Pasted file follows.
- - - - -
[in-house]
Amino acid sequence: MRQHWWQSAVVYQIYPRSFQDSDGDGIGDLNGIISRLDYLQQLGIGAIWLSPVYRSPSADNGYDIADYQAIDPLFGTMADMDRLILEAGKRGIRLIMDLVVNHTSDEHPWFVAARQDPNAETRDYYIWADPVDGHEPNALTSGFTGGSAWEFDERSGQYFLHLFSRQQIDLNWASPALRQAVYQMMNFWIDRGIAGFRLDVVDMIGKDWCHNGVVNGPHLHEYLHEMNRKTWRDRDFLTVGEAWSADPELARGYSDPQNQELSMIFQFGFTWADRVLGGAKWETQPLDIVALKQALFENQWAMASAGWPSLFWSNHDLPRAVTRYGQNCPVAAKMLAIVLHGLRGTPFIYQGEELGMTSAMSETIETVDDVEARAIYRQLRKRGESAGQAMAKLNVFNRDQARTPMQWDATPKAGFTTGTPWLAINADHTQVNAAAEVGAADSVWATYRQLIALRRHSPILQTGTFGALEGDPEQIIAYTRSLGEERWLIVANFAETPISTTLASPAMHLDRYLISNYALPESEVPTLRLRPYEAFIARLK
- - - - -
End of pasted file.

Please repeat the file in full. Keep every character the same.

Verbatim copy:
[in-house]
Amino acid sequence: MRQHWWQSAVVYQIYPRSFQDSDGDGIGDLNGIISRLDYLQQLGIGAIWLSPVYRSPSADNGYDIADYQAIDPLFGTMADMDRLILEAGKRGIRLIMDLVVNHTSDEHPWFVAARQDPNAETRDYYIWADPVDGHEPNALTSGFTGGSAWEFDERSGQYFLHLFSRQQIDLNWASPALRQAVYQMMNFWIDRGIAGFRLDVVDMIGKDWCHNGVVNGPHLHEYLHEMNRKTWRDRDFLTVGEAWSADPELARGYSDPQNQELSMIFQFGFTWADRVLGGAKWETQPLDIVALKQALFENQWAMASAGWPSLFWSNHDLPRAVTRYGQNCPVAAKMLAIVLHGLRGTPFIYQGEELGMTSAMSETIETVDDVEARAIYRQLRKRGESAGQAMAKLNVFNRDQARTPMQWDATPKAGFTTGTPWLAINADHTQVNAAAEVGAADSVWATYRQLIALRRHSPILQTGTFGALEGDPEQIIAYTRSLGEERWLIVANFAETPISTTLASPAMHLDRYLISNYALPESEVPTLRLRPYEAFIARLK